Everyone should be aware that mobile banking apps and mobile payments apps are only as secure as your phone!
    Originally posted by Anthorn
    Possibly. Though every banking app I've installed has, I think, a pre-condition of installation that the phone is secured via PIN etc. I haven't tried every banking app but I assume this would be a default condition for all. Plus of course the App's own security.

    What I don't know, not having tried it, is whether a banking app disables itself if you turn off phone security. Again I assume it should. And phone security can only, normally, be turned off by confirming, er, phone security - so a thief couldn't do it.

    If all these assumptions are correct a thief would not be able to use banking on a stolen phone unless they knew the phone's security. If the phone was unsecured the banking app wouldn't work. Unless the banking app was so simple it didn't notice here was no security set any more.

    Unless... they kept a stolen but secured phone from sleeping by constantly using the screen.

    But I may be wrong about banking apps and requirements for phone security.
    • meer53
    • By meer53 12th Jul 18, 2:43 PM
    • 9,201 Posts
    • 13,341 Thanks
    meer53
    Data doesn't need to be on to get notifications. I log into my account with touch ID or by PIN.
    • 18cc
    • By 18cc 12th Jul 18, 4:52 PM
    • 590 Posts
    • 377 Thanks
    18cc
    All banking apps are secured by a PIN, or password, or similar. So if a phone is stolen then in a way it doesn't matter if the phone is unsecured because they still won't be able to get into the app.

    What they WILL be able to do though is take out the SIM and put it in another phone unless the SIM card is secured. Everyone's first priority should be to put a lock on their SIM so it can't be used if lost/stolen. This is particularly true if your bank uses text messages or phone verification to verify transactions.

    That said, no one can break into your Starling app unless they know the PIN.
    • worried jim
    • By worried jim 12th Jul 18, 4:59 PM
    • 9,307 Posts
    • 14,351 Thanks
    worried jim
    You get instant notifications from Starling when a transaction is made with your card ? How did you not notice them ?
    Originally posted by meer53
    They were off their tits!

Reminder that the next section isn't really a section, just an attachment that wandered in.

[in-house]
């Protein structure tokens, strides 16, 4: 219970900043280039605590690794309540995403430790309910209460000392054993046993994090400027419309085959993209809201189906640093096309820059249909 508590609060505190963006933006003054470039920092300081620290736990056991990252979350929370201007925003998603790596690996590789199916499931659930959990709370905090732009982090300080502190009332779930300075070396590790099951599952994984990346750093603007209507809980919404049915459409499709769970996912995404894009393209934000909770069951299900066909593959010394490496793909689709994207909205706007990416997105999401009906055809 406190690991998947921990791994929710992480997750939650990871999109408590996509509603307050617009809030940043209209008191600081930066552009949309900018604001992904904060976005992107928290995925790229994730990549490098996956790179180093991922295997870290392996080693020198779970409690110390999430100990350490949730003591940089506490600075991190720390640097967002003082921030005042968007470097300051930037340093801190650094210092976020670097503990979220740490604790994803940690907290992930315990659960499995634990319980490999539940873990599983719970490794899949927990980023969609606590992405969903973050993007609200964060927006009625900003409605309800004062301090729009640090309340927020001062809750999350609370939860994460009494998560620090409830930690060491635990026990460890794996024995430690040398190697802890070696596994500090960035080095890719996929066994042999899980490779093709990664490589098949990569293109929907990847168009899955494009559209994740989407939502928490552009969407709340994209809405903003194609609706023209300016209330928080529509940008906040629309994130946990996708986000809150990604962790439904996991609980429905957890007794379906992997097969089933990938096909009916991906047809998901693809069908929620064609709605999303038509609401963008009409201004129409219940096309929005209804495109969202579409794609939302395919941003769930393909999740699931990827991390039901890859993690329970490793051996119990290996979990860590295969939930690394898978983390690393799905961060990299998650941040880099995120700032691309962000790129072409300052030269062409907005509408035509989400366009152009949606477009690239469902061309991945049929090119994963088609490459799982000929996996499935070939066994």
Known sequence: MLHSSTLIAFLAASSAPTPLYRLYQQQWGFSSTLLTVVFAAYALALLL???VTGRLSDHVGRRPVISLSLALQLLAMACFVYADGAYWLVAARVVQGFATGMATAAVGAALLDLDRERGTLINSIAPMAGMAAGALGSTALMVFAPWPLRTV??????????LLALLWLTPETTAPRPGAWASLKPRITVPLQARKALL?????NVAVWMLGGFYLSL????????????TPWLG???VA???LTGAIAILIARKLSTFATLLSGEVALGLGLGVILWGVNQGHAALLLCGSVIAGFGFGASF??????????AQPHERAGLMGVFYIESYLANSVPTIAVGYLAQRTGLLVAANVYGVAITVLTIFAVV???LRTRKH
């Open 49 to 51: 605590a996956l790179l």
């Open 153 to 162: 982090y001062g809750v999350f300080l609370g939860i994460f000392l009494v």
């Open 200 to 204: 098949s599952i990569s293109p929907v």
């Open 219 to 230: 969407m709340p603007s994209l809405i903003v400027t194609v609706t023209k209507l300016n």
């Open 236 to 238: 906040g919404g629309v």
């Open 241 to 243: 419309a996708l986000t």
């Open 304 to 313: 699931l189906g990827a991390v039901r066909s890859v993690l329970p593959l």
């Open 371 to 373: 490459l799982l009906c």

"Only two things are infinite-the universe and human stupidity, and I'm not so sure about the universe"
    Albert Einstein
    • Anthorn
    • By Anthorn 12th Jul 18, 7:01 PM
    • 3,733 Posts
    • 959 Thanks
    Anthorn
    All banking apps are secured by a PIN, or password, or similar. So if a phone is stolen then in a way it doesn't matter if the phone is unsecured because they still won't be able to get into the app.

    What they WILL be able to do though is take out the SIM and put it in another phone unless the SIM card is secured. Everyone's first priority should be to put a lock on their SIM so it can't be used if lost/stolen. This is particularly true if your bank uses text messages or phone verification to verify transactions.

    That said, no one can break into your Starling app unless they know the PIN.
    Originally posted by 18cc
    Except that some people have their password as "password" and their PIN as "123456". No matter how many times the folly of this is highlighted they still do it. Either that or they have the same password and/or PIN for everything so anyone who gets the password and/or PIN gets access to everything.
    • 18cc
    • By 18cc 12th Jul 18, 7:17 PM
    • 590 Posts
    • 377 Thanks
    18cc
    Yes agreed it is depressingly true
    • Cgingell81
    • By Cgingell81 15th Jul 18, 8:32 PM
    • 11 Posts
    • 5 Thanks
    Cgingell81
    I must say I was expecting a more grown up response on MSE website. The abuse is uncalled for. I paid for a round of drinks on card and I'm guessing that's how they got my pin.
    I mean FFS I know Auschwitz is not in Krakow but my hotel Was, was this really that big an assumption to follow through with?
    My argument is that 5 other financial institutions are involved and they all either stopped the payments or have refunded. Starling are stating that chip and pin is too secure that it couldn't be fraud despite bring able to prove that I wasn't in the club at the time of some of the transactions.
    As for the drugs I was either unconscious or severely incapacitated
Welcome to our new Forum!

Our aim is to save you money quickly and easily. We hope you like it!

Forum Team Contact us

Live Stats

3,435Posts Today

8,540Users online

Martin's Twitter